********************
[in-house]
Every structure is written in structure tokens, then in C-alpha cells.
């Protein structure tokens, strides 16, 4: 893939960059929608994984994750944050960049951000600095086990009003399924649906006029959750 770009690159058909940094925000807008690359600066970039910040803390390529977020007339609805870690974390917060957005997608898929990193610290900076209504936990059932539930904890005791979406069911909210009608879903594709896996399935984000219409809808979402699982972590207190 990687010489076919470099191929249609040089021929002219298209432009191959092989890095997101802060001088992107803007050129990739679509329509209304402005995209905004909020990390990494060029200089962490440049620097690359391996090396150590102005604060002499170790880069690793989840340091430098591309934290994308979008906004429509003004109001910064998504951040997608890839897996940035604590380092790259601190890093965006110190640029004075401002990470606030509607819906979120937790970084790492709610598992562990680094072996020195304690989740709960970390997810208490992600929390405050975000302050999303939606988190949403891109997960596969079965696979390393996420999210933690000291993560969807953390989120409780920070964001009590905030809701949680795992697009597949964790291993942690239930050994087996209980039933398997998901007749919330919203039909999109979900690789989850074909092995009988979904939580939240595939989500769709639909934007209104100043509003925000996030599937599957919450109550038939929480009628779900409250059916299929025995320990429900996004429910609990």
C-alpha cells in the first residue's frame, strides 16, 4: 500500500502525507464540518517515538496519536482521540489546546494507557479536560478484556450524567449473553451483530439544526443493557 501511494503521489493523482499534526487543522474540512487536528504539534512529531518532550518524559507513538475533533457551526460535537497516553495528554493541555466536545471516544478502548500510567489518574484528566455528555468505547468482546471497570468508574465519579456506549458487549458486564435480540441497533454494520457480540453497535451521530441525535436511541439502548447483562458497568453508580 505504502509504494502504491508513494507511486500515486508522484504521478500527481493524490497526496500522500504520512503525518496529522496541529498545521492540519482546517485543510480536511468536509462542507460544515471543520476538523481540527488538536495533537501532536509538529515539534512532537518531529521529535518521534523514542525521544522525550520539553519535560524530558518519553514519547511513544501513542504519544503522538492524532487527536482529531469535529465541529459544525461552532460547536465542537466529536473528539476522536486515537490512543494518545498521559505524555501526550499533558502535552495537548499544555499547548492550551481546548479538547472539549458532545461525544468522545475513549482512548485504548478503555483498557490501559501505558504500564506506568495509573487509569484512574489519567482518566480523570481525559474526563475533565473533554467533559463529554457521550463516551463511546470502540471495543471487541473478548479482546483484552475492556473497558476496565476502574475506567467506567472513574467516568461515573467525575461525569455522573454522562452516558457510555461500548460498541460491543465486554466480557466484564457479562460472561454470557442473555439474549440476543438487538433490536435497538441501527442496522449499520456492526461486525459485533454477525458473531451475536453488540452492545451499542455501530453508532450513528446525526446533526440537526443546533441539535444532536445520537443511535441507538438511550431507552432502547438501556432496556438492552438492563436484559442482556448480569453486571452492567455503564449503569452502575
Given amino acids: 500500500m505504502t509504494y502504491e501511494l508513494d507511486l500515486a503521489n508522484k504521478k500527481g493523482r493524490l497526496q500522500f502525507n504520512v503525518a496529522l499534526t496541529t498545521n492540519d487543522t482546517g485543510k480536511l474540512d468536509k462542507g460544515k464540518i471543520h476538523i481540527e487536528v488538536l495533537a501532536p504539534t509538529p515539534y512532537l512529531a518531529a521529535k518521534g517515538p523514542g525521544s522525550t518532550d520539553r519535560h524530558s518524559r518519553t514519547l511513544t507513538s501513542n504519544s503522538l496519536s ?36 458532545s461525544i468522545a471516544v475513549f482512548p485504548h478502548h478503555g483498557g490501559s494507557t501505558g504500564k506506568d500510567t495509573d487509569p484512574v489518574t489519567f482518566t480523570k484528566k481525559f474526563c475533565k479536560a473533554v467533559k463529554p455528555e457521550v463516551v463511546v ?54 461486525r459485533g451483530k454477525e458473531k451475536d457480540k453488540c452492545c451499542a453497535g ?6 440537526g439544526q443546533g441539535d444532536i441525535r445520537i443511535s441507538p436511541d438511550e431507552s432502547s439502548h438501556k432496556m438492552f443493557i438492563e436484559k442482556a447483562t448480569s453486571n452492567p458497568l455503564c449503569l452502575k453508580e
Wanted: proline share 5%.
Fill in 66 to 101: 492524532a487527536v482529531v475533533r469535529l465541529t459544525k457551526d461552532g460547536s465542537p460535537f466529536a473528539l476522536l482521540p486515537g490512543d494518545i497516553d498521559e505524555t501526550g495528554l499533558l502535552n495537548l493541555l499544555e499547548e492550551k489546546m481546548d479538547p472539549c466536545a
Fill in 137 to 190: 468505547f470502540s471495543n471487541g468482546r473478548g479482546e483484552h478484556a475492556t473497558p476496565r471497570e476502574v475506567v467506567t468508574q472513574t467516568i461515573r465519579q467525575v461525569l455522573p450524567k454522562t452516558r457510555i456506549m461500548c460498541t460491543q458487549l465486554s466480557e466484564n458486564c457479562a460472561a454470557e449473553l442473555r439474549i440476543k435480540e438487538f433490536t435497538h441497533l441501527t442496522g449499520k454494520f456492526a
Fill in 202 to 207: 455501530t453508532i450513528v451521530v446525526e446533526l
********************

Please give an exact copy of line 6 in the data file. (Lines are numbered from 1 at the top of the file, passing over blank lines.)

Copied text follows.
Wanted: proline share 5%.